In today’s evolving world, many processes in healthcare have transferred from analog to digital. While this has increased the level of convenience that many healthcare workers, including physicians, nurses, and receptionists, experience, it has also brought with it a number of new challenges. One of the main problems that have come as a result of the digitalized healthcare system is the threat of cybercrime and, in particular, patient identity theft.
While many healthcare institutions have some basic forms of cybersecurity measures, this isn’t always enough to safeguard patients from hackers with malevolent intentions. Having an understanding of some of the best ways to keep patient information private can make for a more enjoyable and trustworthy patient experience of the healthcare system. Here is how to protect patients from identity theft.
Safeguarding Healthcare Institutions from Outside Theft
Today, there are a number of healthcare cybersecurity challenges that organizations are having to battle. One of the most worrisome of these cybersecurity challenges is that of hackers from outside of organizations hacking into their networks. In order to ensure that patient information is staying private, it’s essential that healthcare organizations set up a number of cybersecurity measures that are meant to protect one’s network from being vulnerable to blackhat hackers and other cybercriminals.
Typically, hackers who attack healthcare institutions are doing so in the hopes of finding financial gain in the process. This can be in the form of a ransom being paid by an organization for the return of information or by utilizing patients’ private information to steal their identities. The first and most important line of defense for a medical institution is its IT and cybersecurity professionals.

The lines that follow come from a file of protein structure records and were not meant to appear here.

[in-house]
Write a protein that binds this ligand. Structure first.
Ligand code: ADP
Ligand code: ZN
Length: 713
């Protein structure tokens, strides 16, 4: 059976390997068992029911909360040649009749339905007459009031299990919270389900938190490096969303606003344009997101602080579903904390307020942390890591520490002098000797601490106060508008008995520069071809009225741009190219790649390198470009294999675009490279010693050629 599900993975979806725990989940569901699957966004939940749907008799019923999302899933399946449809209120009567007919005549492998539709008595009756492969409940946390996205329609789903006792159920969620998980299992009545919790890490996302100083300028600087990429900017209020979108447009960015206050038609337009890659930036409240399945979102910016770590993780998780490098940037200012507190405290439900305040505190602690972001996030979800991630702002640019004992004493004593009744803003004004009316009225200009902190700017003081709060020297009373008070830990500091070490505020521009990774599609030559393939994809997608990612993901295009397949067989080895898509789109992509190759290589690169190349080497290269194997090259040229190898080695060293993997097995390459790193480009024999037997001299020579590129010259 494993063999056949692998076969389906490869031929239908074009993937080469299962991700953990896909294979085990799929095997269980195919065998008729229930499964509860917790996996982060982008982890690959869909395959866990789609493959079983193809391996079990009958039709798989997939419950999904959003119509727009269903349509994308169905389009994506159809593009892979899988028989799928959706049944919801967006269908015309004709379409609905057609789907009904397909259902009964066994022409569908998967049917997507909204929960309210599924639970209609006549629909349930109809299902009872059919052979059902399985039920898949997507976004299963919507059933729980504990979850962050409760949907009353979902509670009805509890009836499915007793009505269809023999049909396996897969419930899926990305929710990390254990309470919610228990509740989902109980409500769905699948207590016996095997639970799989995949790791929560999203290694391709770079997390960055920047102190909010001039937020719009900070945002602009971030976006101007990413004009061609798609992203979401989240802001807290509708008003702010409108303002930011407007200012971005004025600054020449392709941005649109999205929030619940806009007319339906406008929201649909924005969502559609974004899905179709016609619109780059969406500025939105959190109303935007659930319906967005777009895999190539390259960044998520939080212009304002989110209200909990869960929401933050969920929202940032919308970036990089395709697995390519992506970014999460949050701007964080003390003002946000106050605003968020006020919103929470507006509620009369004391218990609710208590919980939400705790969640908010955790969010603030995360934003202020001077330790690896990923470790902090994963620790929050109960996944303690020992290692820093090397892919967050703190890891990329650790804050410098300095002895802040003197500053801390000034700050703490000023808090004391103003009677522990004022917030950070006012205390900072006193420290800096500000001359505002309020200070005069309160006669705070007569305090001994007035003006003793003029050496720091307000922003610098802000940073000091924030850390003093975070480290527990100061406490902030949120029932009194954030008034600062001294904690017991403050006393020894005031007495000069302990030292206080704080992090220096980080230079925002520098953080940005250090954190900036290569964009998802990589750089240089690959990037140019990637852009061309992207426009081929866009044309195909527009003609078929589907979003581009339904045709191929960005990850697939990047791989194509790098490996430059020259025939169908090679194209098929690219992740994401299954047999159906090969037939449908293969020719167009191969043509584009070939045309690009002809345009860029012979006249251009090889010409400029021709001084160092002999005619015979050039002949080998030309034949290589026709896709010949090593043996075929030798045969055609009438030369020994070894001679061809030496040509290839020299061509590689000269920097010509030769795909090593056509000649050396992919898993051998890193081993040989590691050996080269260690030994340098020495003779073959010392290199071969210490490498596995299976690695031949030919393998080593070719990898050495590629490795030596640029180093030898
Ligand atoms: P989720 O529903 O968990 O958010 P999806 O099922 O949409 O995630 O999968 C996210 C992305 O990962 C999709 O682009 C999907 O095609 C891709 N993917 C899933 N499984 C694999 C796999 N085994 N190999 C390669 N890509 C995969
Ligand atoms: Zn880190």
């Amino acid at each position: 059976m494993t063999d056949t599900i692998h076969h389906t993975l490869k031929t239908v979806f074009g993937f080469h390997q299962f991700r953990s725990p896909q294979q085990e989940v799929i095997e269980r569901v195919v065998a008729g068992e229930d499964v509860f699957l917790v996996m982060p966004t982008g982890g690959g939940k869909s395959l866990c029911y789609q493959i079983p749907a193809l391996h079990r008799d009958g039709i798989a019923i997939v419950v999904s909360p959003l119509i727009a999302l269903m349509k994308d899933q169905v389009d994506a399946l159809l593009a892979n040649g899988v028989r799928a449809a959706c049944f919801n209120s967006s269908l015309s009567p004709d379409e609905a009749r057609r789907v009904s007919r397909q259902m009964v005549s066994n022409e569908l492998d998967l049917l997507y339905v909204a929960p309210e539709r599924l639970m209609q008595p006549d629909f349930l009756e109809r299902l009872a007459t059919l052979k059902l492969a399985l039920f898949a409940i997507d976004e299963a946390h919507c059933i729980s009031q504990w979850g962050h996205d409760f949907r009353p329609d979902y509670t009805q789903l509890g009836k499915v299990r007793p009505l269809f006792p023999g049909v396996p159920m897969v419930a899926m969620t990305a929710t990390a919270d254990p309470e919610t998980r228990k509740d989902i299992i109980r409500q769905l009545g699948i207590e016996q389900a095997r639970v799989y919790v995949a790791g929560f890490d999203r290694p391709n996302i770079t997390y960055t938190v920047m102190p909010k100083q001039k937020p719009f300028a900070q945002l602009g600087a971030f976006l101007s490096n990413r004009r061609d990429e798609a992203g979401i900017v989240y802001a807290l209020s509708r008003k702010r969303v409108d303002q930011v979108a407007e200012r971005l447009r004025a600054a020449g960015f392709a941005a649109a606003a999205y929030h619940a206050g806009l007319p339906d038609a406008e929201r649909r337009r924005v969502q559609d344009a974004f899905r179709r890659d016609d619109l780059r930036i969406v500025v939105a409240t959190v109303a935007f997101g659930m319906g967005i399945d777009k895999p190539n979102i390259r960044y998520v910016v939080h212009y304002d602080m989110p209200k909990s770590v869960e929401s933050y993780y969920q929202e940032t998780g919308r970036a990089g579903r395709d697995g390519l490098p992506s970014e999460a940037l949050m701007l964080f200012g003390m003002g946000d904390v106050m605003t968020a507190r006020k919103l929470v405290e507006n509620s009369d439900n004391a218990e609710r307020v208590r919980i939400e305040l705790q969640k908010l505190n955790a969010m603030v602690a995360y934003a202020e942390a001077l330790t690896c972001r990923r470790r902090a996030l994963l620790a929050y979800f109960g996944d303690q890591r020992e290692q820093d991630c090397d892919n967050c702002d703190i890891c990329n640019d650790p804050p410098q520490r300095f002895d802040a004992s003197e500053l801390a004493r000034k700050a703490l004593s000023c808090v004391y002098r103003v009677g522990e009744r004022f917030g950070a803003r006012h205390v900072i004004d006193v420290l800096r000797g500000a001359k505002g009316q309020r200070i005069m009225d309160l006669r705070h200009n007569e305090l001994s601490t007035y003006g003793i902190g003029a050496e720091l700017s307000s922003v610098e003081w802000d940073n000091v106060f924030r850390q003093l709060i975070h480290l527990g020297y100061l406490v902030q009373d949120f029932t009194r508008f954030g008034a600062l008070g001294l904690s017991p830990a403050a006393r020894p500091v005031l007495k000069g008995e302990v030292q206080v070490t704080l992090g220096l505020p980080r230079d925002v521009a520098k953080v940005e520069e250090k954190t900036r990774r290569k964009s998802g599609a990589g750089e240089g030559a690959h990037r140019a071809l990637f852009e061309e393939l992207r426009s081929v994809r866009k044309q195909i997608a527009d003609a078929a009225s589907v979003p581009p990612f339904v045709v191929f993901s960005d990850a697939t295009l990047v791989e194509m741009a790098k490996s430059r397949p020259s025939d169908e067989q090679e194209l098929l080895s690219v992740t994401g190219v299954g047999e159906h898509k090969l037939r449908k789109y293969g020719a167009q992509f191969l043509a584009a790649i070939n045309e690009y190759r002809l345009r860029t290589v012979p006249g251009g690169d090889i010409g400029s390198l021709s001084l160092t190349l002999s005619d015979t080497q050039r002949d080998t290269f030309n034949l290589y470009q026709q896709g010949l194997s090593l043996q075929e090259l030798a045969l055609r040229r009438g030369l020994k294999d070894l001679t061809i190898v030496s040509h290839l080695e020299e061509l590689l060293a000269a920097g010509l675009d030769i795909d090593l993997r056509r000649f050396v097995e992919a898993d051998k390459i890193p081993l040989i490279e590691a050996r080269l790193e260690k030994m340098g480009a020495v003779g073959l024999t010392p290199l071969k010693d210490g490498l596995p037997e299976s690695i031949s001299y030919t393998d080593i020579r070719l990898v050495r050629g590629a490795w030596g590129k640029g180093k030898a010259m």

By having a staff of professionals with specialized cybersecurity knowledge, healthcare organizations will be able to respond to threats in real-time. This means that patient information has a better chance of being kept private when healthcare organizations have a skilled team of professionals actively working to protect the cybersecurity measures of an organization.
Safeguarding Healthcare Institutions from Inside Theft
While many may have an image of nefarious hackers in different locations when they think of healthcare cyber threats, employees within healthcare organizations can pose just as serious of a threat to patient privacy. This is because employees of healthcare institutions have easy access to the private information of patients, making it an easy procedure for them to steal the identities of patients.
Being that employees have an unprecedented amount of access to the private information of patients; healthcare organizations must be able to detect when patient information is accessed by employees. This way, organizations, and their IT and cybersecurity teams will be able to catch employees who are taking advantage of their access to patient information for nefarious purposes.
Managing Human Error
Unfortunately, though healthcare workers typically do a great job and fulfilling their duties, human error can sometimes put patient privacy at risk. This happens when employees are frivolous and accidentally act unsafely on an organization’s network — potentially leaving a door open for hackers to exploit.